Negligence and mistake, are two elements of contract law which conflict as between vendor and purchaser, particularly when the former is unreasonably applied to the buyer. In this very brief but notable case, the issue in hand turns upon the overpayment for a product at auction.
As was typical of the period, many agricultural products were imported for domestic use, as the temperate weather of foreign countries provided for larger tonnage and lower prices. On this occasion, the subject matter was Russian industrial grade hemp, which while grown widely across the UK, remained their largest export at the time, and was a much sought after commodity. Contrastingly, tow is a by-product of hemp, and is thus sold at a much lower price, often for use as upholstery stuffing and other secondary purposes.
When a dockside auctioneer put out large bales of both hemp and tow, the samples shown to potential bidders were easily confusable. To make matters worse, the two consignments were given similar lot names, therefore for those uninitiated, the possibility of bidding in error was high. On this occasion, the purchaser had recruited a manager to bid on his behalf, at which point he had placed similar bids on both items on the assumption that he was buying hemp. To his further detriment, the auction programmes failed to distinguish the lots, and so only those who had the foresight to inspect them beforehand were spared the embarrassment of overpaying for items of lower market value.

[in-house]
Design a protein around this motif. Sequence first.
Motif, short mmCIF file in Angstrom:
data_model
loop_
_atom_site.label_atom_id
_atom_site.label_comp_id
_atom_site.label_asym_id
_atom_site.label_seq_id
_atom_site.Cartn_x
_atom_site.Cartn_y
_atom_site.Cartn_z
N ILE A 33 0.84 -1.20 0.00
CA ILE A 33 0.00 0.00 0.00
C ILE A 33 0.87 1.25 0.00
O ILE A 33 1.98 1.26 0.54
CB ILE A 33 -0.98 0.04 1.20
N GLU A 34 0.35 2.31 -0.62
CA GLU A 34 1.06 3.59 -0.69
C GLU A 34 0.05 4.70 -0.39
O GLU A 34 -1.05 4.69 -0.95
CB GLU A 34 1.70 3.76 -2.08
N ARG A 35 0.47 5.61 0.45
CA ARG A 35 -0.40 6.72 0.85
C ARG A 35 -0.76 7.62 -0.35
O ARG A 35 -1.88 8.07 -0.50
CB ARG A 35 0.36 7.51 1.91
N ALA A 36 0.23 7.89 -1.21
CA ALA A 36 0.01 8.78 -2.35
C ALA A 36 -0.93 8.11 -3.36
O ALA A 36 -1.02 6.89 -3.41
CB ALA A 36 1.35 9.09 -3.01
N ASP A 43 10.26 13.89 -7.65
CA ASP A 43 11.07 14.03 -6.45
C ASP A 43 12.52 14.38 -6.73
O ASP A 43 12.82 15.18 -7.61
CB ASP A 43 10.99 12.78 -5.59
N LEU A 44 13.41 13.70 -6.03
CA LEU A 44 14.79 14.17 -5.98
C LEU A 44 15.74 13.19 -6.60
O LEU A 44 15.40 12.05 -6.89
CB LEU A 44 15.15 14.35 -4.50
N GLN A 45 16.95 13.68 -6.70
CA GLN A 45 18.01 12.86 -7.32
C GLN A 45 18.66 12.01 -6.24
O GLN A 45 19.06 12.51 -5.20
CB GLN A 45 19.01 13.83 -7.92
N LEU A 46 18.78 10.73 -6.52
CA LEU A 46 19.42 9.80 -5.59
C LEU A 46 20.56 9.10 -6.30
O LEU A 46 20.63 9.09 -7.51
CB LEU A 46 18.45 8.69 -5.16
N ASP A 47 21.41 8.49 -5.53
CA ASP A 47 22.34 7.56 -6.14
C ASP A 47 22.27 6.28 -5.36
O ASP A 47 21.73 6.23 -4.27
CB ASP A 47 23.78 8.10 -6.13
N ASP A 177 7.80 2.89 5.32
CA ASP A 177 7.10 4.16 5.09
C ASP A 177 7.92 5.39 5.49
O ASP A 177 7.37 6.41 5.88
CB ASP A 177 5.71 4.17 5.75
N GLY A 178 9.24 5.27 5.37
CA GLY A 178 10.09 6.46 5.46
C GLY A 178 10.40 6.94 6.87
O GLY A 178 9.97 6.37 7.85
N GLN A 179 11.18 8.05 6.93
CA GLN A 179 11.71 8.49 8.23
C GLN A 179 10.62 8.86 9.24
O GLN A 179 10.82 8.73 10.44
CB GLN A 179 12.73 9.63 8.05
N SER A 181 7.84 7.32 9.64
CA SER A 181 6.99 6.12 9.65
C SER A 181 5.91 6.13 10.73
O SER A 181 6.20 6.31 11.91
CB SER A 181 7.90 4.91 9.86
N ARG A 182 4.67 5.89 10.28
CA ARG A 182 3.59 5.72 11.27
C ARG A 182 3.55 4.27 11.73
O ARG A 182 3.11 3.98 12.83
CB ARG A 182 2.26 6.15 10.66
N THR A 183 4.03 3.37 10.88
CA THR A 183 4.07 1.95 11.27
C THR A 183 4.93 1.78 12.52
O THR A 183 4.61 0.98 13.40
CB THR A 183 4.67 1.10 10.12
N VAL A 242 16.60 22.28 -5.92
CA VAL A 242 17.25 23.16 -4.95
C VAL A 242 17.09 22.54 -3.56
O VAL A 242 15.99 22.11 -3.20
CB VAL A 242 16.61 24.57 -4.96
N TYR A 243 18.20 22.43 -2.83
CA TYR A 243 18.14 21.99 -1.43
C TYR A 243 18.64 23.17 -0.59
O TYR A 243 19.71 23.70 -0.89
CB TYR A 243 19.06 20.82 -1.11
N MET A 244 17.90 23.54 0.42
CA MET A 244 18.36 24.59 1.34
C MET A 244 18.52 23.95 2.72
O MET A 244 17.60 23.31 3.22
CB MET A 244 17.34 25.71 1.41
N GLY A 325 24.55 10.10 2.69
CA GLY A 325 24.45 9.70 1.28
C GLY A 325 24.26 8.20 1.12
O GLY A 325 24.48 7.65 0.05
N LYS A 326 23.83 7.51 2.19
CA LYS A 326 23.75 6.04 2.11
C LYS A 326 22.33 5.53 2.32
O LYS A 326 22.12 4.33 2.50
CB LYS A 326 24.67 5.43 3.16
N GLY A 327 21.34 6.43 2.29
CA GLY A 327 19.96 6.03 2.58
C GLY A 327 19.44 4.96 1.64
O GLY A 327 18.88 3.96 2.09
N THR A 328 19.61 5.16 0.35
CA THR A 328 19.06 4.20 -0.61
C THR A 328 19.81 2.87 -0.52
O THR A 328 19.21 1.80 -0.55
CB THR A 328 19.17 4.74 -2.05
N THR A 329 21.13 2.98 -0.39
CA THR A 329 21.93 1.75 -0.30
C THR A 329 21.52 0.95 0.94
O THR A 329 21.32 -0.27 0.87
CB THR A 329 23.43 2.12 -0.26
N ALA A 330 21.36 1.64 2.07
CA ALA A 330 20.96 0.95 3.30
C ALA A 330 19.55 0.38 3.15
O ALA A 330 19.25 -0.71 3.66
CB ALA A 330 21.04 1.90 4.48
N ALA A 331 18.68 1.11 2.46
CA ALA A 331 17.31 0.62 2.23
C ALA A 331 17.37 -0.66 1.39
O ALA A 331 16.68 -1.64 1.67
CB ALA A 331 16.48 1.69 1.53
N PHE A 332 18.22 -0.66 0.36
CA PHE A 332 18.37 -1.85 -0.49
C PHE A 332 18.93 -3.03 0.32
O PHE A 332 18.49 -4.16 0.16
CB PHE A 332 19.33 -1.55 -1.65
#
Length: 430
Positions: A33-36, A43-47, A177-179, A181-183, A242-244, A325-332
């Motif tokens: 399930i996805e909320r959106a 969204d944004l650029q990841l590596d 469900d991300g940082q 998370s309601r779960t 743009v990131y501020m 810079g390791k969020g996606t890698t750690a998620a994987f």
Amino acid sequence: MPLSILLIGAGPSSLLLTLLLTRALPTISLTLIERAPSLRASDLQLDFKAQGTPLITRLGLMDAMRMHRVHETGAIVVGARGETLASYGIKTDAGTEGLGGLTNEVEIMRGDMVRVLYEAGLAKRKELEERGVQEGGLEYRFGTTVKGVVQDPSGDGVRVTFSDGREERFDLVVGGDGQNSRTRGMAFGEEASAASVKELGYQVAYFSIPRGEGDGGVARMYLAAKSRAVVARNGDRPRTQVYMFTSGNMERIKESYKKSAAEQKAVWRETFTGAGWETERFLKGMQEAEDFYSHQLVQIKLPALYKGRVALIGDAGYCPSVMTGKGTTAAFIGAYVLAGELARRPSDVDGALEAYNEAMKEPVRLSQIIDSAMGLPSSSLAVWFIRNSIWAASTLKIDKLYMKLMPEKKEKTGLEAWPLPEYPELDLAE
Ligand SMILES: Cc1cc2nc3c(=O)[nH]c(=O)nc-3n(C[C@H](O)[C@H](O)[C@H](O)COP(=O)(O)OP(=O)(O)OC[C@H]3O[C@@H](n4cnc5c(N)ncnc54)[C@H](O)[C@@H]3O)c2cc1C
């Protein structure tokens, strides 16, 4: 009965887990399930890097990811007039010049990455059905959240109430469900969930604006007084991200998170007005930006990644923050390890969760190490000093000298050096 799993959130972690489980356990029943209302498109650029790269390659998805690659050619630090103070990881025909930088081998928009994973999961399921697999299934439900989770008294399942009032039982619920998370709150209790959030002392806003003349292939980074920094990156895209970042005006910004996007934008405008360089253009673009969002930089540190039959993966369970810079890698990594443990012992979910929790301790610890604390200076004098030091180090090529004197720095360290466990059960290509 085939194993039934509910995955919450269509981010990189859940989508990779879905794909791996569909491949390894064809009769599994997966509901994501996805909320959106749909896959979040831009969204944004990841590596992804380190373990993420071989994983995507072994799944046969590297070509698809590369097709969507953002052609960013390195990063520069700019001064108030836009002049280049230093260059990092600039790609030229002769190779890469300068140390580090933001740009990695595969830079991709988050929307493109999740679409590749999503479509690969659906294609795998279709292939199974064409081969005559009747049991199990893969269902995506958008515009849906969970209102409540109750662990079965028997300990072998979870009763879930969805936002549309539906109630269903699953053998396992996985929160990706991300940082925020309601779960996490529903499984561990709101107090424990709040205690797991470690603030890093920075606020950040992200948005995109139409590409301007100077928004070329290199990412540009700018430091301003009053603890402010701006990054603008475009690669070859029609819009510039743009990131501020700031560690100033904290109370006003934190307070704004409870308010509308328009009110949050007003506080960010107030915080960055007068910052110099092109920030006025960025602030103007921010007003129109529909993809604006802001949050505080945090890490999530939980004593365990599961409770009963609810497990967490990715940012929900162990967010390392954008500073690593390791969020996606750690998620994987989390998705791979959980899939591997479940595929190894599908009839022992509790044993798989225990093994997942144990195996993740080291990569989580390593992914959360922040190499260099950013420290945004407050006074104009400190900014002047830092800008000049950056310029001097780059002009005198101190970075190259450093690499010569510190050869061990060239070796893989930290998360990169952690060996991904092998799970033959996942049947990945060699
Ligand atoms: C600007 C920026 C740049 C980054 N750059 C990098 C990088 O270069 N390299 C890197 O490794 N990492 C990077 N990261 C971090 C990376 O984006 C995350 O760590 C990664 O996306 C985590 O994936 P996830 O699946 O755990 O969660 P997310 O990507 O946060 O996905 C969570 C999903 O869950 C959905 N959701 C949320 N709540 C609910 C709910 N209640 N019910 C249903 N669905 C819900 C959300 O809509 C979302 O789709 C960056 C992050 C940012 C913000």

When the purchaser discovered his managers error, he sued the auctioneers for misrepresentation upon the principle of ‘ad idem’ (which is parties not in agreement to the nature of a contract), who themselves counter-sued for negligence on the part of the manager. In the original trial, it was found that there could be no evidence of a contract as per the principle of disagreement, and that no grounds of negligence existed in the absence of any duty of care by the manager to examine the lots prior to bidding.
When brought before the Court of the Kings Bench, it became apparent despite appreciation of a number of opposing facts, that the auctioneers had been recent victims of fraud, thus were simply looking to pass on the loss to another unsuspecting buyer. And so irrespective of any argument that the onus of inspection fell to the buyer’s representative, it was found that a contract could not be found to exist where no agreement had been settled between the vendor and the purchaser, and so the court awarded for the defendants, while holding that:
“A buyer when he examines a sample does so for his own benefit and not in the discharge of any duty to the seller.”